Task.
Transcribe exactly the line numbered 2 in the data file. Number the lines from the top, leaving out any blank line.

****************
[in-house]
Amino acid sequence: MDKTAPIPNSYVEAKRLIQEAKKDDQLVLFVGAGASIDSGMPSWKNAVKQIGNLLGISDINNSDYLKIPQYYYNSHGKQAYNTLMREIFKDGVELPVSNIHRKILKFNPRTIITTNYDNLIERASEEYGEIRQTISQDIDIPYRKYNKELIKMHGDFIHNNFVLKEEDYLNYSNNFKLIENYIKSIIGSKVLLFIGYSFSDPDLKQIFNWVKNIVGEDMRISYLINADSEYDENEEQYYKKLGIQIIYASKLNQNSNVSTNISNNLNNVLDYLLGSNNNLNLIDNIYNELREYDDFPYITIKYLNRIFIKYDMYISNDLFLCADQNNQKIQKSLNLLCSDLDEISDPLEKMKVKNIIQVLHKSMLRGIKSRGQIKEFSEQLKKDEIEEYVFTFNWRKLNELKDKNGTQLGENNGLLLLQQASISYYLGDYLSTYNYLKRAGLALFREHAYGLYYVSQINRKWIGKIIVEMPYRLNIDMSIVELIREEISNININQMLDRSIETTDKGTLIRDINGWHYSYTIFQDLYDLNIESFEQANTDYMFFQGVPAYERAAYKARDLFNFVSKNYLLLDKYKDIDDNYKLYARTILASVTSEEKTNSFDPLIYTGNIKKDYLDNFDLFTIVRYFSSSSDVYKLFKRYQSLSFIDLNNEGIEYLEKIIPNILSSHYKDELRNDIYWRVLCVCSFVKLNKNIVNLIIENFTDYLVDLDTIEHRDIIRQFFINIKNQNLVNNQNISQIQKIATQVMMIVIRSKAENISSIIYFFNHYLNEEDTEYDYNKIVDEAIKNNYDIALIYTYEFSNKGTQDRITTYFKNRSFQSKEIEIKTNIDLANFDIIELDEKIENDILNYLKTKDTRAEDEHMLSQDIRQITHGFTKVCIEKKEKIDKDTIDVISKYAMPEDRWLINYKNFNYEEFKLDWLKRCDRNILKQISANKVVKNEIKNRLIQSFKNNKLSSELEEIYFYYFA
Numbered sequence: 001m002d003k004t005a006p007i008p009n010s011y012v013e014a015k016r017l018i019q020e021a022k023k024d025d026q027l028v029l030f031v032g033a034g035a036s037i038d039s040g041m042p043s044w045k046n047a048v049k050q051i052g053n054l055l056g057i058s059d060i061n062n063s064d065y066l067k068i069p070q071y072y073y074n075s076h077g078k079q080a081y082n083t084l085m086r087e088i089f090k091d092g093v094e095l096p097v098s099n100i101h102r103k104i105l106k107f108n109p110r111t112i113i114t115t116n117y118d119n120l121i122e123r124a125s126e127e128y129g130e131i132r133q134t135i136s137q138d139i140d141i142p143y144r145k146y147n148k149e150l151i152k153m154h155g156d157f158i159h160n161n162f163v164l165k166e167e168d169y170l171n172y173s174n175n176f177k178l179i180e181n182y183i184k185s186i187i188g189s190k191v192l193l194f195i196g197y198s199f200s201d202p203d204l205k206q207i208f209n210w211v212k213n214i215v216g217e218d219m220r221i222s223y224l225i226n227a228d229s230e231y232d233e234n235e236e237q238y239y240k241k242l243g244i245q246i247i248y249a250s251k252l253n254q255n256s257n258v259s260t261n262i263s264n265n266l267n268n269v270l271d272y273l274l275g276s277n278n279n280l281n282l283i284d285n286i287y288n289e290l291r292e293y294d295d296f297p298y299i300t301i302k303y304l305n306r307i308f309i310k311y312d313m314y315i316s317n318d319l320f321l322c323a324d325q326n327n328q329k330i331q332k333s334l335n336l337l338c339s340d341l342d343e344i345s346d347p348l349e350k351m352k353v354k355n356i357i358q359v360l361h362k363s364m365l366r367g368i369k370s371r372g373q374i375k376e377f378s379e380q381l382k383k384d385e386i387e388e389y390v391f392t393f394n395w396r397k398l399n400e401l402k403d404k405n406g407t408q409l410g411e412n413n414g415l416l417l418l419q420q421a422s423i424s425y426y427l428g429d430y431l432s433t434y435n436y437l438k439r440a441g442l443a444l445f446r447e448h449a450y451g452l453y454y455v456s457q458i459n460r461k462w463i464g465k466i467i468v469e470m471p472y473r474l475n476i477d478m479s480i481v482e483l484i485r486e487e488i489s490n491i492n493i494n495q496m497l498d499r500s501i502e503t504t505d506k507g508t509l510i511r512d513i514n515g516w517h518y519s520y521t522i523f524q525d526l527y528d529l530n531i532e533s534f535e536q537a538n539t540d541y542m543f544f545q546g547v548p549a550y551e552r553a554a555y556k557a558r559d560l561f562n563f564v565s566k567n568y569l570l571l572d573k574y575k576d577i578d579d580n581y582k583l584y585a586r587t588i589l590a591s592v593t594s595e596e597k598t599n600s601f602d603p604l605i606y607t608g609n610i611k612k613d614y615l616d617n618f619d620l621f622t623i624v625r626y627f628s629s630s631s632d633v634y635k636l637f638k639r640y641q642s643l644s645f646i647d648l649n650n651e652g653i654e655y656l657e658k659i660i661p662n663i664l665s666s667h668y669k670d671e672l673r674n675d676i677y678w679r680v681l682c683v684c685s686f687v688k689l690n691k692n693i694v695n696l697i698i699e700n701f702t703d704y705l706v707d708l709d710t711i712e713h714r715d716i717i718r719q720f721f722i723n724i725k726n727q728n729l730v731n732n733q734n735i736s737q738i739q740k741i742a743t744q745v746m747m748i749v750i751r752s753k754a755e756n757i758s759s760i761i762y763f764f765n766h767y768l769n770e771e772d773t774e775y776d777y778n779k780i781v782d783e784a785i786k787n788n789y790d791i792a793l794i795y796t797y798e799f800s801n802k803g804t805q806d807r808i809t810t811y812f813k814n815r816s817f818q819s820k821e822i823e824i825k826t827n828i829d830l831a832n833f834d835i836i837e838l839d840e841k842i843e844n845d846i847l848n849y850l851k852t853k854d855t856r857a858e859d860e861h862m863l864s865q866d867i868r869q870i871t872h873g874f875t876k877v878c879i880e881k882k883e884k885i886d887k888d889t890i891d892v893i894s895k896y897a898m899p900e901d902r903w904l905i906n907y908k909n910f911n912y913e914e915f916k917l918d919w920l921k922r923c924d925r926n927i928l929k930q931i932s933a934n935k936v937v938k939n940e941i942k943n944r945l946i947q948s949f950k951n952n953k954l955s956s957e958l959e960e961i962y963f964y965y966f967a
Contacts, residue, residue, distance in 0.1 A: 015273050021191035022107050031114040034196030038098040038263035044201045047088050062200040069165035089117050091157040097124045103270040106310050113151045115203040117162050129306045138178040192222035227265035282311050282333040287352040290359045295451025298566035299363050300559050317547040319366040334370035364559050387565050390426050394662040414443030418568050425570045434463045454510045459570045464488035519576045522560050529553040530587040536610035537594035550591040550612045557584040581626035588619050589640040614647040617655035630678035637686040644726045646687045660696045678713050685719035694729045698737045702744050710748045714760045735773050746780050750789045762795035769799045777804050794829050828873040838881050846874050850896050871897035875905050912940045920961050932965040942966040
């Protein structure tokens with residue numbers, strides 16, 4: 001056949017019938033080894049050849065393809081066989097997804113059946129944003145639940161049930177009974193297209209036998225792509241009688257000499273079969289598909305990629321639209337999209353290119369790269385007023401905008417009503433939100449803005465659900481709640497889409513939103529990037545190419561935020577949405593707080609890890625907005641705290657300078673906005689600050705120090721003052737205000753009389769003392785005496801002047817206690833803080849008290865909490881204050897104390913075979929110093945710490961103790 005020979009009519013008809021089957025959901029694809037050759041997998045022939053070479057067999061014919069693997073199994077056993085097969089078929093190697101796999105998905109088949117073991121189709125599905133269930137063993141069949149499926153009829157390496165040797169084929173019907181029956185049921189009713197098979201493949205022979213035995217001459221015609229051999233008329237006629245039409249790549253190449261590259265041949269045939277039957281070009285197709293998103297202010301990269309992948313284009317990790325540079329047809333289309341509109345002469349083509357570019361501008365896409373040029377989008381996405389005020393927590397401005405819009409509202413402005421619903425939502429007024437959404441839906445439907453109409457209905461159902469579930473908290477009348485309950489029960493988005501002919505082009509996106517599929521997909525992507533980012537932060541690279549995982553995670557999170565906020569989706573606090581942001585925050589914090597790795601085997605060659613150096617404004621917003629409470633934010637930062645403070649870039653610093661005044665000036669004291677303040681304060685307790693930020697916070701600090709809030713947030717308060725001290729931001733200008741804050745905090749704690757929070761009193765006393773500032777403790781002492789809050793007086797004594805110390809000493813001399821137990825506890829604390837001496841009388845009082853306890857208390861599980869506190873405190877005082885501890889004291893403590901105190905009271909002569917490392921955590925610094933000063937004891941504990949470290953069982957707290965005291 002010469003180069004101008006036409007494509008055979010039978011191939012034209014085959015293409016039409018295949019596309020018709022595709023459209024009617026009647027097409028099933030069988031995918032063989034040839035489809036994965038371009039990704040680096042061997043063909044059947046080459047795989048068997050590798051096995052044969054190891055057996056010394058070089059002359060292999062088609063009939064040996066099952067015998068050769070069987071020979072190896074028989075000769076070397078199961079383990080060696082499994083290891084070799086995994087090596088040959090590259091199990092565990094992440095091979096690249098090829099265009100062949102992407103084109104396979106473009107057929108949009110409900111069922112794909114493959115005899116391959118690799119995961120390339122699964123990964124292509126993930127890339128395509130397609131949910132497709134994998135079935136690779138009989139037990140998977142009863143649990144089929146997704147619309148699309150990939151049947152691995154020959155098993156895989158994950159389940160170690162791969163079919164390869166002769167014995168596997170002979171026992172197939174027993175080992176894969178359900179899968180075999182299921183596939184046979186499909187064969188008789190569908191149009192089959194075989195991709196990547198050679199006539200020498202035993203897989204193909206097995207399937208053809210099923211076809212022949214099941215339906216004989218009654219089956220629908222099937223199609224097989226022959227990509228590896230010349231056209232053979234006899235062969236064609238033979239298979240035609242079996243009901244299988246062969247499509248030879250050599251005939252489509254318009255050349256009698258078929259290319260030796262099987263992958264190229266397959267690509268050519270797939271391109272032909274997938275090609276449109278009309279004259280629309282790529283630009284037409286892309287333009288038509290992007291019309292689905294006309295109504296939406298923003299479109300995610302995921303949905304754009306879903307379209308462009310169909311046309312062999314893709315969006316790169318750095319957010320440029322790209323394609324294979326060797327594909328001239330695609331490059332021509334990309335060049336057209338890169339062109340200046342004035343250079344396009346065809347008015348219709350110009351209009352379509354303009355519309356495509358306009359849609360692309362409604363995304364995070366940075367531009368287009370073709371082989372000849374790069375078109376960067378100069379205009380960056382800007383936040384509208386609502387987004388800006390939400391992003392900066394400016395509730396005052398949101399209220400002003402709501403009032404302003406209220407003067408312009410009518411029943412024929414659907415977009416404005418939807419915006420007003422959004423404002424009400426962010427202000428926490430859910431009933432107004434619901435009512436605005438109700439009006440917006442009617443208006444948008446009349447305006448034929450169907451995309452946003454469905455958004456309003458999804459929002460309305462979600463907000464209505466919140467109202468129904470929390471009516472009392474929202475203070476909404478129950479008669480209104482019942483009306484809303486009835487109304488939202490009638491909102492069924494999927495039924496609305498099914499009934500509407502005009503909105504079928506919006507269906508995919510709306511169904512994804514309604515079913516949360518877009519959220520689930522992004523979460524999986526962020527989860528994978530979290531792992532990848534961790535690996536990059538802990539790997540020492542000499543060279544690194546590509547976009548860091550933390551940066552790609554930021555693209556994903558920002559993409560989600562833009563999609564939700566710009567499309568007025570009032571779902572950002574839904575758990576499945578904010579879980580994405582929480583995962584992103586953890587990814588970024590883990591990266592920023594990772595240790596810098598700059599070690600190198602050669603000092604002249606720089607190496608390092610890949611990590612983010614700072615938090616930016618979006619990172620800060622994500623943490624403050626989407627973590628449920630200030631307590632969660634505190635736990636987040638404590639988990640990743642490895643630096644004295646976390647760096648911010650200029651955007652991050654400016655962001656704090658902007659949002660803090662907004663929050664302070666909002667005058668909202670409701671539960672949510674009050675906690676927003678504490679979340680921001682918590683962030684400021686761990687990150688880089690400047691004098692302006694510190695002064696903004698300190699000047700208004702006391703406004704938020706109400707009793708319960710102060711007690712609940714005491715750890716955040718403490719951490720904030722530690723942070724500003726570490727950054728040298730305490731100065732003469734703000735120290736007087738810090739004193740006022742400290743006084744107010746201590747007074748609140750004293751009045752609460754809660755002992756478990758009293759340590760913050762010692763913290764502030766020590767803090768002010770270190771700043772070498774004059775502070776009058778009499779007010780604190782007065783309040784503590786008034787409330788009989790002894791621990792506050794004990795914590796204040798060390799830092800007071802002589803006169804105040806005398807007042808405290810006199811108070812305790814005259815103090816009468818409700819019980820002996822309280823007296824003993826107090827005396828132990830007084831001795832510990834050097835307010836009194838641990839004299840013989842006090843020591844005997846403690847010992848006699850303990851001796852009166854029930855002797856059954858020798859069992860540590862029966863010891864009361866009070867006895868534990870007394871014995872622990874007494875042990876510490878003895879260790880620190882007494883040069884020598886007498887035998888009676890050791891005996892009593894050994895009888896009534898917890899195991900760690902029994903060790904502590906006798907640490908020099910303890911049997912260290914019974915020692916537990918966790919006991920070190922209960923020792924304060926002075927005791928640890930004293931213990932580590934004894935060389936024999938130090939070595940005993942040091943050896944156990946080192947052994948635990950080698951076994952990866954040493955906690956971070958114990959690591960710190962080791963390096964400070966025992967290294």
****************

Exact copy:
Amino acid sequence: MDKTAPIPNSYVEAKRLIQEAKKDDQLVLFVGAGASIDSGMPSWKNAVKQIGNLLGISDINNSDYLKIPQYYYNSHGKQAYNTLMREIFKDGVELPVSNIHRKILKFNPRTIITTNYDNLIERASEEYGEIRQTISQDIDIPYRKYNKELIKMHGDFIHNNFVLKEEDYLNYSNNFKLIENYIKSIIGSKVLLFIGYSFSDPDLKQIFNWVKNIVGEDMRISYLINADSEYDENEEQYYKKLGIQIIYASKLNQNSNVSTNISNNLNNVLDYLLGSNNNLNLIDNIYNELREYDDFPYITIKYLNRIFIKYDMYISNDLFLCADQNNQKIQKSLNLLCSDLDEISDPLEKMKVKNIIQVLHKSMLRGIKSRGQIKEFSEQLKKDEIEEYVFTFNWRKLNELKDKNGTQLGENNGLLLLQQASISYYLGDYLSTYNYLKRAGLALFREHAYGLYYVSQINRKWIGKIIVEMPYRLNIDMSIVELIREEISNININQMLDRSIETTDKGTLIRDINGWHYSYTIFQDLYDLNIESFEQANTDYMFFQGVPAYERAAYKARDLFNFVSKNYLLLDKYKDIDDNYKLYARTILASVTSEEKTNSFDPLIYTGNIKKDYLDNFDLFTIVRYFSSSSDVYKLFKRYQSLSFIDLNNEGIEYLEKIIPNILSSHYKDELRNDIYWRVLCVCSFVKLNKNIVNLIIENFTDYLVDLDTIEHRDIIRQFFINIKNQNLVNNQNISQIQKIATQVMMIVIRSKAENISSIIYFFNHYLNEEDTEYDYNKIVDEAIKNNYDIALIYTYEFSNKGTQDRITTYFKNRSFQSKEIEIKTNIDLANFDIIELDEKIENDILNYLKTKDTRAEDEHMLSQDIRQITHGFTKVCIEKKEKIDKDTIDVISKYAMPEDRWLINYKNFNYEEFKLDWLKRCDRNILKQISANKVVKNEIKNRLIQSFKNNKLSSELEEIYFYYFA